No, Bruce Willis is not dead in Unbreakable; or is he? Unbreakable is the eagerly awaited follow-up by M. Night Shyamalan to The Sixth Sense, his breakthrough debut. There is a lot of scrutiny here, since many directors have an awful habit of delivering non-stellar second hits, and it looks like Shyamalan must also contend with unbelievably high expectations. Unbreakable is a step down for Shyamalan and does not approach the level of his other effort, but it is not a bad movie. If anything, it is a familiar movie. He basically took many of the elements that made The Sixth Sense a blockbuster, and transferred them here. Again, there is Bruce Willis, a kid, and a slow buildup towards a twist at the end.
David Dunn (Willis, Disney's The Kid, The Whole Nine Yards) just survived a horrible train wreck. Not only did he survive, he emerged without a scratch, and everybody else died. He has no clue why this happened. He finds a note on his windshield asking if he ever remembers getting sick. The note is from Elijah Prince (Samuel L. Jackson, Rules of Engagement, Shaft), the owner of a comic book art gallery. Prince has a genetic condition that makes his bones extremely brittle, and he is very susceptible to broken bones. Prince has a theory about Dunn, but Dunn is not willing to believe it (there, is that vague enough without revealing the main story?).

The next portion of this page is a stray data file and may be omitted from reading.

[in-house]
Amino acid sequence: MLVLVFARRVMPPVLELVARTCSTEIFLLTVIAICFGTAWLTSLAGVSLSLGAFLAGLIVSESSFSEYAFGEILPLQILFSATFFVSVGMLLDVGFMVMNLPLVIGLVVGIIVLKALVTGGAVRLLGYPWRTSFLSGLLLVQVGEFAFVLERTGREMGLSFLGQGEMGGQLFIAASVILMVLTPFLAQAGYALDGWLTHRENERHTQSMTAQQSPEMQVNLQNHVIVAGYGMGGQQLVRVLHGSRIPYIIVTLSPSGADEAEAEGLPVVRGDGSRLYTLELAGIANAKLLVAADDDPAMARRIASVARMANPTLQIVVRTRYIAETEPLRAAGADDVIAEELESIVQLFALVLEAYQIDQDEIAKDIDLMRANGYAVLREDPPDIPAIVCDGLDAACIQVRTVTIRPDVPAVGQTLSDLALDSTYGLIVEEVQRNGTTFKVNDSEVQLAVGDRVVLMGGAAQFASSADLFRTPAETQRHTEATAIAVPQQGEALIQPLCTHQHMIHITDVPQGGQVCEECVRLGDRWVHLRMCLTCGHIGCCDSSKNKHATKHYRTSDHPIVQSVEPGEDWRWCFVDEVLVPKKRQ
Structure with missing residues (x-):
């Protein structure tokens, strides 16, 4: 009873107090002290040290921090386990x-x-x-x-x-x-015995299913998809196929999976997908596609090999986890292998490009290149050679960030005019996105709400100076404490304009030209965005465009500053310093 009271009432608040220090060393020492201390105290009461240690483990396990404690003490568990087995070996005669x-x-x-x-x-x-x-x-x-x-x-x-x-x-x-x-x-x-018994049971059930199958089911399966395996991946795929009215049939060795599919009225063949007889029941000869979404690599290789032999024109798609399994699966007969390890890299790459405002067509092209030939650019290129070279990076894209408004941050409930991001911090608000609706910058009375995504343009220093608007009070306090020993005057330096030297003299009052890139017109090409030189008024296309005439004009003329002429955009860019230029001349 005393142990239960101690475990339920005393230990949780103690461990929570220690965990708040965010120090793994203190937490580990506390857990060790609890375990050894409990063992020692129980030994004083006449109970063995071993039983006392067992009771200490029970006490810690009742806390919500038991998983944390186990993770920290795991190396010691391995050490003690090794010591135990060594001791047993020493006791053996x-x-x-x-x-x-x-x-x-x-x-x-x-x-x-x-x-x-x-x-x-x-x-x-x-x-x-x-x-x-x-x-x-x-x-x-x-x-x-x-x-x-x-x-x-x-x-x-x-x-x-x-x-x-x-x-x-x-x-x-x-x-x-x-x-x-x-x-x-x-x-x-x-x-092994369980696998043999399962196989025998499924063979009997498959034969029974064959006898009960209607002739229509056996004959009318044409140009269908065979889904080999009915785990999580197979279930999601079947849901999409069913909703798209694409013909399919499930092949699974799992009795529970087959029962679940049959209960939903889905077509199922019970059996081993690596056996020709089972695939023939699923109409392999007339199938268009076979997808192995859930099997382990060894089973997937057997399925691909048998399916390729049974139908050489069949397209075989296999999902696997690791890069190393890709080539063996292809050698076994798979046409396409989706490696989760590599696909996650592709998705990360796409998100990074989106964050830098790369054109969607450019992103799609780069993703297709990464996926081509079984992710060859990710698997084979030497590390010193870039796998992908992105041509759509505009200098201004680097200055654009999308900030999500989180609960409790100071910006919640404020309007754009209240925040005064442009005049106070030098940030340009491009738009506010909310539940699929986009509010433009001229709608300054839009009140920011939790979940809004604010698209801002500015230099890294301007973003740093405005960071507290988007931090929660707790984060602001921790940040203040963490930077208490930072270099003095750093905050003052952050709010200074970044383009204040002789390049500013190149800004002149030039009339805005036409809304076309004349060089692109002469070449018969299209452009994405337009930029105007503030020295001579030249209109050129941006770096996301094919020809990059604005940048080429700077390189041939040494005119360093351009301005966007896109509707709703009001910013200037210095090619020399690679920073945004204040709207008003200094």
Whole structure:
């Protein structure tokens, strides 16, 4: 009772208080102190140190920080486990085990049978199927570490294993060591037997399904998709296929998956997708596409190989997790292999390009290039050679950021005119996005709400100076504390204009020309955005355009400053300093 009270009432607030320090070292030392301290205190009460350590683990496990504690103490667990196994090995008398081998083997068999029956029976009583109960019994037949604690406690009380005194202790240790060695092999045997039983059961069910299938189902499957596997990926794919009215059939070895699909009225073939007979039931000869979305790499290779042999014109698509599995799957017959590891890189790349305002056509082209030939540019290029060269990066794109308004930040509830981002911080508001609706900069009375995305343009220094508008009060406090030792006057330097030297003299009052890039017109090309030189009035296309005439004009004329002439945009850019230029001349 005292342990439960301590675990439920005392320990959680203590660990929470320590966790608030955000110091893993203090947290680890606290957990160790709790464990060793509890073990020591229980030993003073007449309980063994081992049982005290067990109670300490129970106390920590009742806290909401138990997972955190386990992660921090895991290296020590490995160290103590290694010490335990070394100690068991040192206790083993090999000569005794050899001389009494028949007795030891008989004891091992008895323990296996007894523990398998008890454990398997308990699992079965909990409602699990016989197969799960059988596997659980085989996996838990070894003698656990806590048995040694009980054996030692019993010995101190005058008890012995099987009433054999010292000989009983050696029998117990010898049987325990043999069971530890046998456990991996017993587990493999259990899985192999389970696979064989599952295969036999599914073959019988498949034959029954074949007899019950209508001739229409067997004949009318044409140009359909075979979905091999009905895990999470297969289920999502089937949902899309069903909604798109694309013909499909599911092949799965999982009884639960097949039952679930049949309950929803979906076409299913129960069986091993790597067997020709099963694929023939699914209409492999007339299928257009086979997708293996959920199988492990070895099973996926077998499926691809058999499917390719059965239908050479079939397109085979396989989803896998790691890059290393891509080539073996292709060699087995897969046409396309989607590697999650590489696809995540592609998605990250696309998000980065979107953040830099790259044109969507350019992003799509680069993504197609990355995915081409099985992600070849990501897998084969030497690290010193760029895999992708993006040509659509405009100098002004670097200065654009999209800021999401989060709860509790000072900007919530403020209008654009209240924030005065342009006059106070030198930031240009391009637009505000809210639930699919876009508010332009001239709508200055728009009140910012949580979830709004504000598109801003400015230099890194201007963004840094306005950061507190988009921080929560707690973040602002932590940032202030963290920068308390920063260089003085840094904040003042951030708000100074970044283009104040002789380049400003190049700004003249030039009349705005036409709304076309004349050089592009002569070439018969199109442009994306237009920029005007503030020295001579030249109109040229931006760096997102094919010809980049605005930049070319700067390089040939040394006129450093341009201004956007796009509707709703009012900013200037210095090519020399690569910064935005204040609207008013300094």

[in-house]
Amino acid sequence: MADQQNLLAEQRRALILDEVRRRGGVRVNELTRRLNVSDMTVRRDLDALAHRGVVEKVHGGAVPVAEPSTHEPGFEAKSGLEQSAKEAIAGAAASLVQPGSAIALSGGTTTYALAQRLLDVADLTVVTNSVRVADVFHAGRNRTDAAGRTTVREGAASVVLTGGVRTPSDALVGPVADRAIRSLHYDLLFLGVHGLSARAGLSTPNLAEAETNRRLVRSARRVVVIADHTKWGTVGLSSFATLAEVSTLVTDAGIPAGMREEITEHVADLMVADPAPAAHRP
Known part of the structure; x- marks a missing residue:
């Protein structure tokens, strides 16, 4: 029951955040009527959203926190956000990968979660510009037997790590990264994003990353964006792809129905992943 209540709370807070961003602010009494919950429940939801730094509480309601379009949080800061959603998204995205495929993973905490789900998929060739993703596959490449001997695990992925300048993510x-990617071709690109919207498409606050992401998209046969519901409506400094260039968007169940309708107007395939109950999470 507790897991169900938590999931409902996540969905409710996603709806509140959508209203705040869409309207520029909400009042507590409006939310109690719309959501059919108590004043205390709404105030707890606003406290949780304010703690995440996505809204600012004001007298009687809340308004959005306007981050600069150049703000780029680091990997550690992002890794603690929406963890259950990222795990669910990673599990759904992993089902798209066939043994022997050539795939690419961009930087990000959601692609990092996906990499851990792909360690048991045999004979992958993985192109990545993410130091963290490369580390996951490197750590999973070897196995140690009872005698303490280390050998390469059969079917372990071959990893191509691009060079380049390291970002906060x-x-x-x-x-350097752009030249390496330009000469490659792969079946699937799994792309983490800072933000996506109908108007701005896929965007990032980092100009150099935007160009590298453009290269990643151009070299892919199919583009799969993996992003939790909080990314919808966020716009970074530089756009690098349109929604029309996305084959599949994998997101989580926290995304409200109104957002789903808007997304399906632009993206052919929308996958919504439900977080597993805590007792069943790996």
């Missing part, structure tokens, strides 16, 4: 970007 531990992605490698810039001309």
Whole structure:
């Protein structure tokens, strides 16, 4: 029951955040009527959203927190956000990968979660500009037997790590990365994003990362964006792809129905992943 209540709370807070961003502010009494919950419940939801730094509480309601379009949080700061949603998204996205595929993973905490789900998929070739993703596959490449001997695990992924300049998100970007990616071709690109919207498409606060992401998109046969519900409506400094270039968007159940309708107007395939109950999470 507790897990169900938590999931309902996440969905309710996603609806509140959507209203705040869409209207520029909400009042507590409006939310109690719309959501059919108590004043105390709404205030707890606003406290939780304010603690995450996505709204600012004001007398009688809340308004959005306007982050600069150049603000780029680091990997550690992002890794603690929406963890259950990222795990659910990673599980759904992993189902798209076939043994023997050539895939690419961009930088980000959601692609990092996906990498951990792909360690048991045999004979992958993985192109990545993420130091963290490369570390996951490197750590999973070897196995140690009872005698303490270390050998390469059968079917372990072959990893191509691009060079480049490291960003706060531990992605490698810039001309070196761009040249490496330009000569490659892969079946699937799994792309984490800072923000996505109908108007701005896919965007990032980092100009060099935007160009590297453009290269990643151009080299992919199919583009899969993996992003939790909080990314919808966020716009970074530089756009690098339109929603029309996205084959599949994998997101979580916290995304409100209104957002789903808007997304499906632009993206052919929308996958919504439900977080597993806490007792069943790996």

Comic books and comic book themes play a large part in Shyamalan's script. The little secret at the end in part comes from an interpretation of comic books. Unbreakable is Shyamalan's meditation on the nature of what it means to be a hero. And at times, it feels like a very slow meditation. Very little actually seems to happen in Unbreakable. It is more about what happens internally to Dunn, in terms of how this accident affects him and how it begins to change him. The story itself is still original, it is just the tone of the movie that slows it down. The mood is dark and contemplative, and the ending almost feels forced and not really worth the wait. Instead of hints interspersed throughout the film, Shyamalan gives one hint then reveals the secret and ends the movie. There is no time for reaction from either the characters or the audience.
Willis and Jackson's acting matches the general feel of the movie. They speak slowly in monotone, rarely giving any serious intonation to their voice. Their actions are also slow and deliberate, Dunn because he seems so unsure of what to do, and Prince because of his condition. Part of it is due to pacing. Shyamalan (who incidentally has a cameo as a drug dealer wearing a bright blue jacket) excels at building up a sense of dread mixed with wonder, but also walks a fine line between pacing and boredom. Don't go in to Unbreakable with high expectations, otherwise, they will be the only things broken.
|Haro Rates It: Not Bad.|
|1 hour, 47 minutes, Rated PG-13 for mature thematic elements including some disturbing violent content, and for a crude sexual reference.|
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